Karla Torralba, the single mother of a four year old little boy, Christopher was diagnosed with Leukemia 13 months ago and has been on a roller coaster ride of hospitals and chemotherapy ever since. Leukemia is a cancer of the body's blood-forming tissues, including the bone marrow and lymph system. Leukemia causes the bone marrow to produce a large number of abnormal, dysfunctional white blood cells. Normal white blood cells are potent infection fighters but in people with leukemia, the abnormal white blood cells accumulate and block production of normal white blood cells impairing the ability to fight infection.
Treatment for Leukemia is complex and a lot of patients are not strong enough to endure the repeated poisoning of the body essentially dying from the chemotherapy. The cancerous cells can also spread to other vital organs during this time. Karla had to survive a year of difficult and painful chemotherapy in order to just stabilize the production of the abnormal cells before she could even be considered for a bone marrow transplant. It was a big relief when Karla was deemed stable enough to undergo a bone marrow transplant, the only way to save her life. Finding a matching donor can be quite difficult sometimes and there is no guarantee that family members will match but luckily, Karla's older sister, Erika was a perfect match and the bone marrow transplant is scheduled for July 2nd.
Unfortunately, a bone marrow transplant is only the beginning of a very long and painful journey back to good health. Bone marrow transplantation requires that the recipient's own bone marrow be completely destroyed. Prior to the transplant patients may go for several weeks without appreciable numbers of white blood cells to help fight infection. This puts a patient at high risk of infections, sepsis and septic shock both before and after the procedure and there is a very high rate of death after the bone marrow transplant from infection.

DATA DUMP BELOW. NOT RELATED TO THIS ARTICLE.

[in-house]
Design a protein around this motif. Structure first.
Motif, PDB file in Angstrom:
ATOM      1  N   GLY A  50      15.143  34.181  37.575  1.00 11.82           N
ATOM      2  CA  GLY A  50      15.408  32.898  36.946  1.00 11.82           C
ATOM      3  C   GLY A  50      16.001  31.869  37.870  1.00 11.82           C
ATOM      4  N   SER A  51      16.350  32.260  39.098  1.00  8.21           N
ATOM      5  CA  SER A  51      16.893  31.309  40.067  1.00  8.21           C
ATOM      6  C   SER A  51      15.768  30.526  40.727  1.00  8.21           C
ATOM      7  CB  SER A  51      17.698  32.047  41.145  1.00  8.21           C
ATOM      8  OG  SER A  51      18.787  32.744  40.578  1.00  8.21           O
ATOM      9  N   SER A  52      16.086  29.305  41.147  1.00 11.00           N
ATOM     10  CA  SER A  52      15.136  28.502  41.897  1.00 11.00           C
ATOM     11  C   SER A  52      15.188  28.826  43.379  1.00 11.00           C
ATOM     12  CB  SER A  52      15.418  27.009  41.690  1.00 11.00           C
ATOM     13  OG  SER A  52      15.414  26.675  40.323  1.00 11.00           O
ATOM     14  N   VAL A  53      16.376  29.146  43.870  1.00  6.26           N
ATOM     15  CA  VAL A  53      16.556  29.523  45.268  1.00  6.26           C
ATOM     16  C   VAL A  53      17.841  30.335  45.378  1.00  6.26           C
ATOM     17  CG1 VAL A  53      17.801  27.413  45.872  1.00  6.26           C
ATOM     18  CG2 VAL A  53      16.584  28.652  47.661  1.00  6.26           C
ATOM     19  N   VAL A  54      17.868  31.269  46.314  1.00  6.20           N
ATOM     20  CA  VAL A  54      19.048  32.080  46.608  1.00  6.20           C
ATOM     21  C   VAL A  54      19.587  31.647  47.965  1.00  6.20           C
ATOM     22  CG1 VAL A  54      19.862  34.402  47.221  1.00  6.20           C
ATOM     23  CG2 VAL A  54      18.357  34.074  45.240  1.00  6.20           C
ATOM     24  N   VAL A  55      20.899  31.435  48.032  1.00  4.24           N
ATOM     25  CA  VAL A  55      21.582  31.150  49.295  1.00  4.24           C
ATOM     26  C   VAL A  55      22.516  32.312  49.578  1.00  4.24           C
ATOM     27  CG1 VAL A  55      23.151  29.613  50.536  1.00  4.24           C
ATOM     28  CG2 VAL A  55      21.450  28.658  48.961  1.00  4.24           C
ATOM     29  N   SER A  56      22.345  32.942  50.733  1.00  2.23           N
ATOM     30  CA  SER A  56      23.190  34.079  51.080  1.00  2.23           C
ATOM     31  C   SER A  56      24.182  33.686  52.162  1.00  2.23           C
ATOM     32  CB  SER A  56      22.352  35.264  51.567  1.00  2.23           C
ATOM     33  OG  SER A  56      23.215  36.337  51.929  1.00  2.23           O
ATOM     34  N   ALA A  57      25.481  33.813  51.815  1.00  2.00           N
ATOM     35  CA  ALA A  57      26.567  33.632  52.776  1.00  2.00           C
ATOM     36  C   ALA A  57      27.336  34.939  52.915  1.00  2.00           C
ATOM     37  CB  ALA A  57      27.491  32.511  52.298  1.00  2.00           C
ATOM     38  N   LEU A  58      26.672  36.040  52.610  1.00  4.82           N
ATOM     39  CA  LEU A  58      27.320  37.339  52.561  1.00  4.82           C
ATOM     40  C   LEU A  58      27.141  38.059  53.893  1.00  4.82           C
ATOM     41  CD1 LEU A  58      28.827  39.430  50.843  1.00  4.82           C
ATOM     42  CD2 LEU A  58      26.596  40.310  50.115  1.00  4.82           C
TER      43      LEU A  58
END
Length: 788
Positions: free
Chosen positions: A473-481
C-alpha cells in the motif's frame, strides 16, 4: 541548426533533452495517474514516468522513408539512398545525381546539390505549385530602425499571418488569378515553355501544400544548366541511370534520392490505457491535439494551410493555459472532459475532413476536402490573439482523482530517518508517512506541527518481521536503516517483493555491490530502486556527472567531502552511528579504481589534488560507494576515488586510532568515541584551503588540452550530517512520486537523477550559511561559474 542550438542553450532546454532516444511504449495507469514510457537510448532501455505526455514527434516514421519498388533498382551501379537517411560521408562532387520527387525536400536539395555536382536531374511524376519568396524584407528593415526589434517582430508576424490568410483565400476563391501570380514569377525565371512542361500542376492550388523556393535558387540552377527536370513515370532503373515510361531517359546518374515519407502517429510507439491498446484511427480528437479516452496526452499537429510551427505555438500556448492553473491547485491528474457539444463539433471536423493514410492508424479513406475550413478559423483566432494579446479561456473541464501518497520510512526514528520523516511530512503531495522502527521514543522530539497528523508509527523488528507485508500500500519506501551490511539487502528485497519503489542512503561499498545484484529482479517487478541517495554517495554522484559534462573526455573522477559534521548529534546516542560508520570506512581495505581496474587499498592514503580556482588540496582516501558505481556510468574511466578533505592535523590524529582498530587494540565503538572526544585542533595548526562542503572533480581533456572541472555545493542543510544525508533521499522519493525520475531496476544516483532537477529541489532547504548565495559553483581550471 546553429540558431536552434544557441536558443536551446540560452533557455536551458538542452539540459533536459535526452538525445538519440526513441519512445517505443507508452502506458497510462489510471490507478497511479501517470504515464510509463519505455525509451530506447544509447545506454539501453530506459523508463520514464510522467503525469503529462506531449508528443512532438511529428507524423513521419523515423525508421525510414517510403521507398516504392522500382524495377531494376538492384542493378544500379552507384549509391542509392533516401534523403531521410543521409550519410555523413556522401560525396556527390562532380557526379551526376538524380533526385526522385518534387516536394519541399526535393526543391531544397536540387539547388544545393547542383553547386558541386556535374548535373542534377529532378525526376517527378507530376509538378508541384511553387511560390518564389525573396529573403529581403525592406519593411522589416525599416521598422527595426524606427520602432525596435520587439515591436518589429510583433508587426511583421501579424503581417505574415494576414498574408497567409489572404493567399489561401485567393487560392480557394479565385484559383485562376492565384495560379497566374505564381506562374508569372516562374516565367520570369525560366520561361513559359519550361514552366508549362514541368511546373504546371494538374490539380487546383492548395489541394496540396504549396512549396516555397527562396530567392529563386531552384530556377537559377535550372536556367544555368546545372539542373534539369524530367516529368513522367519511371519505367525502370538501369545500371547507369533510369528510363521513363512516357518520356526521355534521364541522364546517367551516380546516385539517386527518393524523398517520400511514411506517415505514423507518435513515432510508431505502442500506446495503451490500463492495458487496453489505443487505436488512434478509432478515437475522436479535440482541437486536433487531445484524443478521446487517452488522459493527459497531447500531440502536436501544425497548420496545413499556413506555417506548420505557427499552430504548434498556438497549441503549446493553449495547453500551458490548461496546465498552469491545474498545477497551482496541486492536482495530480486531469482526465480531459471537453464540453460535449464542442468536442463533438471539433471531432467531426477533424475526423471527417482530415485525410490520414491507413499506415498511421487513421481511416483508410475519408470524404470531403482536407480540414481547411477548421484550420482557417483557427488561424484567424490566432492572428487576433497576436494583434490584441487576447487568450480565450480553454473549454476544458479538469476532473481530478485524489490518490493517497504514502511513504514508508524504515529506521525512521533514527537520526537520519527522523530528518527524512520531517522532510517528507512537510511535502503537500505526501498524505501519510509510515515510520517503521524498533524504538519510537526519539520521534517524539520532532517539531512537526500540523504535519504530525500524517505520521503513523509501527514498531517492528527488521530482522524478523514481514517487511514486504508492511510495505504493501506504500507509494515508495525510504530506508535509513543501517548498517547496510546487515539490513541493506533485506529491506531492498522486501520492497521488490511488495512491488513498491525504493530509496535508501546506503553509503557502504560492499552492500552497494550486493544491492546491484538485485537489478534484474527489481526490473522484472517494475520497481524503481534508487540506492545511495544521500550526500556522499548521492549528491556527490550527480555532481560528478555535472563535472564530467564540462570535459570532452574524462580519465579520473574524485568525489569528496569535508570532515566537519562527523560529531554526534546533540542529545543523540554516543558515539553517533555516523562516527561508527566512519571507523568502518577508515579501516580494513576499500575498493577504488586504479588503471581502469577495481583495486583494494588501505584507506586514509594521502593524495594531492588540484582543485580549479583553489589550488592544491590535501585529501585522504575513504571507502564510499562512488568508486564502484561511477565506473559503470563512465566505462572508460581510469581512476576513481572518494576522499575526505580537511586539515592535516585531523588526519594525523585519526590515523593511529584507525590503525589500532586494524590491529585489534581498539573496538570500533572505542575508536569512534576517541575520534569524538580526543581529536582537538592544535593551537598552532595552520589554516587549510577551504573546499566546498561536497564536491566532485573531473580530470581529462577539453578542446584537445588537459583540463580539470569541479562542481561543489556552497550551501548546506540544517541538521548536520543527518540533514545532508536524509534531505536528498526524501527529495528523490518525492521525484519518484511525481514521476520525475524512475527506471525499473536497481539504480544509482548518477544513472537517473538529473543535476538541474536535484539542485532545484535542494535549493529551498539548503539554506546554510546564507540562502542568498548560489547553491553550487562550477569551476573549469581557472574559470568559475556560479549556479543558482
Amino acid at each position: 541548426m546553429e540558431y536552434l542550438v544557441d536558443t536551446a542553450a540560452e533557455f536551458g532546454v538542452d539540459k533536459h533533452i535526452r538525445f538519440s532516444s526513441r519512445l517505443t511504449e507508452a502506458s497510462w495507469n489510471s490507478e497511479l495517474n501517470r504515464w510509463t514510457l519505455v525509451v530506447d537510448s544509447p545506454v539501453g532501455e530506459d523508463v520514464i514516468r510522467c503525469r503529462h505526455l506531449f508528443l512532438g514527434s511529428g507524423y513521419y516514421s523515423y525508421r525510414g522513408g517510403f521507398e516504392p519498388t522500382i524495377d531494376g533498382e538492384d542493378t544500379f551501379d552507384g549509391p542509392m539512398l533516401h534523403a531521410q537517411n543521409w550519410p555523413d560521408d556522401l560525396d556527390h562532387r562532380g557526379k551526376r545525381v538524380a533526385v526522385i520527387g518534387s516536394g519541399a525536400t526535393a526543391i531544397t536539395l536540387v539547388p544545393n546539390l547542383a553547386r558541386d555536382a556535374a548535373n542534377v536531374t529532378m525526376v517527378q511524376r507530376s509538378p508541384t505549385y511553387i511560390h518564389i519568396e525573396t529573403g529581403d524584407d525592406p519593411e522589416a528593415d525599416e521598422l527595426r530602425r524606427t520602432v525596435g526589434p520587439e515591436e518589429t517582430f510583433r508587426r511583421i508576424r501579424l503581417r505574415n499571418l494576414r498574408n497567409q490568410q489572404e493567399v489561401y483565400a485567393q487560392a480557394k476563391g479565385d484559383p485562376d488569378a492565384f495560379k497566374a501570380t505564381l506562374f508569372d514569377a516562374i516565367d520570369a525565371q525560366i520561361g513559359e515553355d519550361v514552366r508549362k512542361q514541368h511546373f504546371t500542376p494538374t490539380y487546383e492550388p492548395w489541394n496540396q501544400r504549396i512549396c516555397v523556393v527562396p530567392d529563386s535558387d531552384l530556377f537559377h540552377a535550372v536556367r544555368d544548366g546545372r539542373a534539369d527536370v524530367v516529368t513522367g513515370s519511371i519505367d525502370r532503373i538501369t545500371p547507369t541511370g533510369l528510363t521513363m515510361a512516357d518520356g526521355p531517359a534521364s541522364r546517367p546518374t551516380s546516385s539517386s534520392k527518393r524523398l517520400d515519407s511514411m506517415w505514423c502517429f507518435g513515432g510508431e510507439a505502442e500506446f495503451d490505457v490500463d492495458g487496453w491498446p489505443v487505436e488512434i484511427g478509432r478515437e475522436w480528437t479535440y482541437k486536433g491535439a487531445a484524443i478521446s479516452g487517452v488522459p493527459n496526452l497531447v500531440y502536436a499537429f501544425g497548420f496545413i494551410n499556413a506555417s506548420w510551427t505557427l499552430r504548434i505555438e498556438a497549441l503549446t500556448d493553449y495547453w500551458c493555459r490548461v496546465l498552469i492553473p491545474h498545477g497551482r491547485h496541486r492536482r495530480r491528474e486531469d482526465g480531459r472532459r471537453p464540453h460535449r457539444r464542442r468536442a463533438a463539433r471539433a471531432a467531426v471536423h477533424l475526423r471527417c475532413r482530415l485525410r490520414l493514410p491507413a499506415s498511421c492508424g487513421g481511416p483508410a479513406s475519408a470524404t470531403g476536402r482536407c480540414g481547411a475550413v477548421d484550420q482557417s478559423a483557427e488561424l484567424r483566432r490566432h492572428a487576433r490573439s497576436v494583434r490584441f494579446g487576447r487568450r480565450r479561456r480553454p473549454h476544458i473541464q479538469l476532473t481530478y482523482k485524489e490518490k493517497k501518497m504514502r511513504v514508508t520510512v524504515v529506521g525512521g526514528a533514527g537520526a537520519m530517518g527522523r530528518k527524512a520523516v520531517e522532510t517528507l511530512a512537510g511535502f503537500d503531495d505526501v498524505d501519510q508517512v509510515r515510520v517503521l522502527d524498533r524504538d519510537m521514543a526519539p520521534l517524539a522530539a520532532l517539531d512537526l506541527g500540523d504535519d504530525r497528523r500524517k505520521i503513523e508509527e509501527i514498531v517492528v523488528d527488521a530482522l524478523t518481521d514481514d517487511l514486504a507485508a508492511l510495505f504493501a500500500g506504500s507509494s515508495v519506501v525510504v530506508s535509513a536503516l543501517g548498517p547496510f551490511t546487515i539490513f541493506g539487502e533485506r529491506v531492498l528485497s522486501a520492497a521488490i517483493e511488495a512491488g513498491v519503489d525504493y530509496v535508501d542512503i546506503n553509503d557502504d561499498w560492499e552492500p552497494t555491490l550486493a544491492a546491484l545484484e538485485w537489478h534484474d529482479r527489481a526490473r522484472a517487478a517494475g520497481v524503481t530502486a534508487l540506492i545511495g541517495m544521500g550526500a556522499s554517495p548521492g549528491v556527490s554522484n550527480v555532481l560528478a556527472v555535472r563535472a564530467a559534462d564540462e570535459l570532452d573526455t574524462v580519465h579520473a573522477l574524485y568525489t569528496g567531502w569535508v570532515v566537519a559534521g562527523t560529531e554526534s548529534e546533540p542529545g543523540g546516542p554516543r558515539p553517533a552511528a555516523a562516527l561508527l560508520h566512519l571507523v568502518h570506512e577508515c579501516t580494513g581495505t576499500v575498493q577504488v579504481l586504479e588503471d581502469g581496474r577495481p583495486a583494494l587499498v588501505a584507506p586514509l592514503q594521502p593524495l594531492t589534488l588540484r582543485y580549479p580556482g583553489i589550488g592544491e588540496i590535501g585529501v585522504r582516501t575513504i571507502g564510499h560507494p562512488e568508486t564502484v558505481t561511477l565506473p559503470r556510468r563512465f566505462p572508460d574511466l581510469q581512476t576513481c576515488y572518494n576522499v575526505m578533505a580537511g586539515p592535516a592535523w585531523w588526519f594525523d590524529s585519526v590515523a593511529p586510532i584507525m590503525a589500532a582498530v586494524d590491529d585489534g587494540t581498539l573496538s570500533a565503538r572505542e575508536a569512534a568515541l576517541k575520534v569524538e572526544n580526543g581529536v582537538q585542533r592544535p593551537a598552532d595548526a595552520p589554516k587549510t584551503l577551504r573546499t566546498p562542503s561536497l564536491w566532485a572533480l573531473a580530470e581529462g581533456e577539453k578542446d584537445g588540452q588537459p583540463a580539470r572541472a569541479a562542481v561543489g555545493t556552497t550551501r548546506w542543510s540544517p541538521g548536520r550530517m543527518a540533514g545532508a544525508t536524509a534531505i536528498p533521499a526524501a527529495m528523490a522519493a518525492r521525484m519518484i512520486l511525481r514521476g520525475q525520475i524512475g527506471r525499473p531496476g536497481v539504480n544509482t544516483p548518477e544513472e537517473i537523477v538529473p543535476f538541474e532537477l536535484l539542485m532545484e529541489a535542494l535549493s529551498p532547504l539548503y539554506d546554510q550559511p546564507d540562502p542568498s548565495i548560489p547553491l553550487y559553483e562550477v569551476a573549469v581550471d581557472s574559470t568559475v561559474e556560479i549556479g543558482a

Karla will virtually be an infant for the first month after the transplant, unable to get up out of bed and unable to feed herself. She will require 24 hour care for the first three months after the procedure and will likely need to be taken to the hospital several times during recovery to try to stop infections that set in. She will also be unable to go back to work for five years following the transplant.
Karla's current living situation when she isn't in the hospital is living with her mother, her 18 year old sister and her four year old son in a one bedroom, one bathroom apartment in Oakland, Californa. However, after the bone marrow transplant, due to the extremely high risk of infection, Karla will be required to live in a sterile environment near the UCSF Medical Center where she is being treated with a bathroom designated only for her and that cannot be shared. A short-term, two bathroom apartment in San Francisco is very expensive and will cost much, much more than the Torralba Family can afford.
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